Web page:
This image of the Sun was taken with a hydrogen-alpha telescope on September 12, 2013 at the Phoebe Waterman Haas Public Observatory at the National Air & Space Museum in Washington, DC.
Here, the sheer power of the Sun is demonstrated by the chaos visible above its surface.
Hydrogen-alpha filters allow us to look at a layer of the Sun’s atmosphere known as the chromosphere.
The bright structures that seem to erupt from the Sun’s edge are called prominences. These, as well as the dark lines, or filaments, that stretch across the face of the Sun, are made of plasma following along magnetic loops that jut out from inside the Sun.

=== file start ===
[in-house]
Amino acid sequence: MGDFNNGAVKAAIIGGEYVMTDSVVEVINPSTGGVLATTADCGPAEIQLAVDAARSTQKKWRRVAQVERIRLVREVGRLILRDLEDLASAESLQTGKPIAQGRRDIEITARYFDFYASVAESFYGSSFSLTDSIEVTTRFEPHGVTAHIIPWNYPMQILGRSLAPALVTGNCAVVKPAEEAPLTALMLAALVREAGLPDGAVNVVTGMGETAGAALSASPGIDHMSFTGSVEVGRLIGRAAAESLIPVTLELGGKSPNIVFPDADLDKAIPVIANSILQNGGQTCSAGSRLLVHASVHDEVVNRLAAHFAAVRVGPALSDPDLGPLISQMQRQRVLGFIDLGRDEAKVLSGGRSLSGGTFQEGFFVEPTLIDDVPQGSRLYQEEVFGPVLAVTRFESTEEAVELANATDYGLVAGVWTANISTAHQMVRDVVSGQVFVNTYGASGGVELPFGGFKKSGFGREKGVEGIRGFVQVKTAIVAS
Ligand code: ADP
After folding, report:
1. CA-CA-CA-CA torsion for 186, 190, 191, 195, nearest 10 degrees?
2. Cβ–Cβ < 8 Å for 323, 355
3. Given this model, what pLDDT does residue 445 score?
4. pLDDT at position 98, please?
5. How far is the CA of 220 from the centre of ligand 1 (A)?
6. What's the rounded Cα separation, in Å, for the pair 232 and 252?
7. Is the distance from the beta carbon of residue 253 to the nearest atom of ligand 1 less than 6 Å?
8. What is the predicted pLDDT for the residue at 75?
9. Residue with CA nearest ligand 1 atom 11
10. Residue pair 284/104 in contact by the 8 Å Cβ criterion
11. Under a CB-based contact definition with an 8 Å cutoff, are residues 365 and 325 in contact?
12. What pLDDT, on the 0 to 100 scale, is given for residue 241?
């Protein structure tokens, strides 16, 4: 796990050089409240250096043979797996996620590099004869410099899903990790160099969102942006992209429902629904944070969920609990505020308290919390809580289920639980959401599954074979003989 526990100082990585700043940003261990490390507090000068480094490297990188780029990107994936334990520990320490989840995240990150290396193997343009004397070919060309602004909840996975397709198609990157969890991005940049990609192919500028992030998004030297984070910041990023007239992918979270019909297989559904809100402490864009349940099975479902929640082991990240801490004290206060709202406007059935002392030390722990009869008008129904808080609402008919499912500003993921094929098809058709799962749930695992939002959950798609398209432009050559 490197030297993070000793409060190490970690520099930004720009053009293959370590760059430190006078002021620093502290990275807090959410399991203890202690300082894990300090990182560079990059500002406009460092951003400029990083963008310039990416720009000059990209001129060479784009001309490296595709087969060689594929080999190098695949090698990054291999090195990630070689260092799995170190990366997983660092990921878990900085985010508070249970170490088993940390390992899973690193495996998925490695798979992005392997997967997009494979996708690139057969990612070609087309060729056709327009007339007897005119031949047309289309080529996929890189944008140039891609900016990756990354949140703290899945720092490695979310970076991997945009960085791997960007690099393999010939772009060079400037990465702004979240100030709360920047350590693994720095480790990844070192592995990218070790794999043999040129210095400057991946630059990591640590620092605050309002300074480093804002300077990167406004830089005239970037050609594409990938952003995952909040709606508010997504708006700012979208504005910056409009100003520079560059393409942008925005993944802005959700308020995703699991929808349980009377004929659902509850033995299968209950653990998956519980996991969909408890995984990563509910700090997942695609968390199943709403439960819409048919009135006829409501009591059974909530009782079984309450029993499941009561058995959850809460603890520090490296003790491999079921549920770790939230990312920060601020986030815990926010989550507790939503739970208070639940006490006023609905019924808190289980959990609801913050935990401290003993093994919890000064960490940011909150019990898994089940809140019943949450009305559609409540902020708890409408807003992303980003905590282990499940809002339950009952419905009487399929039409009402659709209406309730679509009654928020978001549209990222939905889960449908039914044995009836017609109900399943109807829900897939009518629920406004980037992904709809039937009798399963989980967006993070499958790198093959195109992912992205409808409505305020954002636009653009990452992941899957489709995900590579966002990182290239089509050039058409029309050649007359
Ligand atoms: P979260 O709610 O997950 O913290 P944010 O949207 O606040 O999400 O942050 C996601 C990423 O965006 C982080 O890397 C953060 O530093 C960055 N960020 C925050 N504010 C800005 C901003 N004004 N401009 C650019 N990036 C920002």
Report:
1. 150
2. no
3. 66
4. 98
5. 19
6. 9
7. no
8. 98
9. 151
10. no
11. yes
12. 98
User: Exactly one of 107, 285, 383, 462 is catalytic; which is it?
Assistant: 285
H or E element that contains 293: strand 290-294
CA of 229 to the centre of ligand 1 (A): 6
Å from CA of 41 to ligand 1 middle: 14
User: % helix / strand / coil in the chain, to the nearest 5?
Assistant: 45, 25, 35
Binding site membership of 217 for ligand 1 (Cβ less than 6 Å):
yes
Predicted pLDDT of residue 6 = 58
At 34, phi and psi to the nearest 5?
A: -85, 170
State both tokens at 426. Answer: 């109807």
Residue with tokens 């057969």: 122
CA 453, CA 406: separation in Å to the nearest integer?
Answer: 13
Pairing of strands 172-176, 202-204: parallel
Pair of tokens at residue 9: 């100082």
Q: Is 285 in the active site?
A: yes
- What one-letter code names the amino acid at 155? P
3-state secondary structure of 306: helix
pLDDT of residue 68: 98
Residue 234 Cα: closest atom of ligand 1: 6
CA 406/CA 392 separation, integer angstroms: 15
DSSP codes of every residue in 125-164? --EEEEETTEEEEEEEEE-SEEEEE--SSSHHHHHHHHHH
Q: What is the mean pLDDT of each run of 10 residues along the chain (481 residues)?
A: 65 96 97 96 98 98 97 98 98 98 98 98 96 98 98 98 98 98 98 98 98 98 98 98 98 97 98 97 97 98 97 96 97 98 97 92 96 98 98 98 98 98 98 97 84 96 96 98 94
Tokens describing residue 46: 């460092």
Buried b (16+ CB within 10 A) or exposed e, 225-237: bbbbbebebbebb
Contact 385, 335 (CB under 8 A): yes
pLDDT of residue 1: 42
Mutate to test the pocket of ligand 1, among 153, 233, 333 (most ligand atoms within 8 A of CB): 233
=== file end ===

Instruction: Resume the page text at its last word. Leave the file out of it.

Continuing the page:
The yellow spiral on the Sun’s face to the right of the center is called a plage. Plages are clouds that form above sunspots and are even more energetic than the rest of the chromosphere. This one formed above sunspot AR 1838, which lasted for two days.
Telescope: Lunt 100mm hydrogen-alpha
Camera: Lumenera SKYnyx 2-2M
Image Number: WEB13364-2013
Credit: Photo by Smithsonian Staff, Phoebe Waterman Haas Public Observatory
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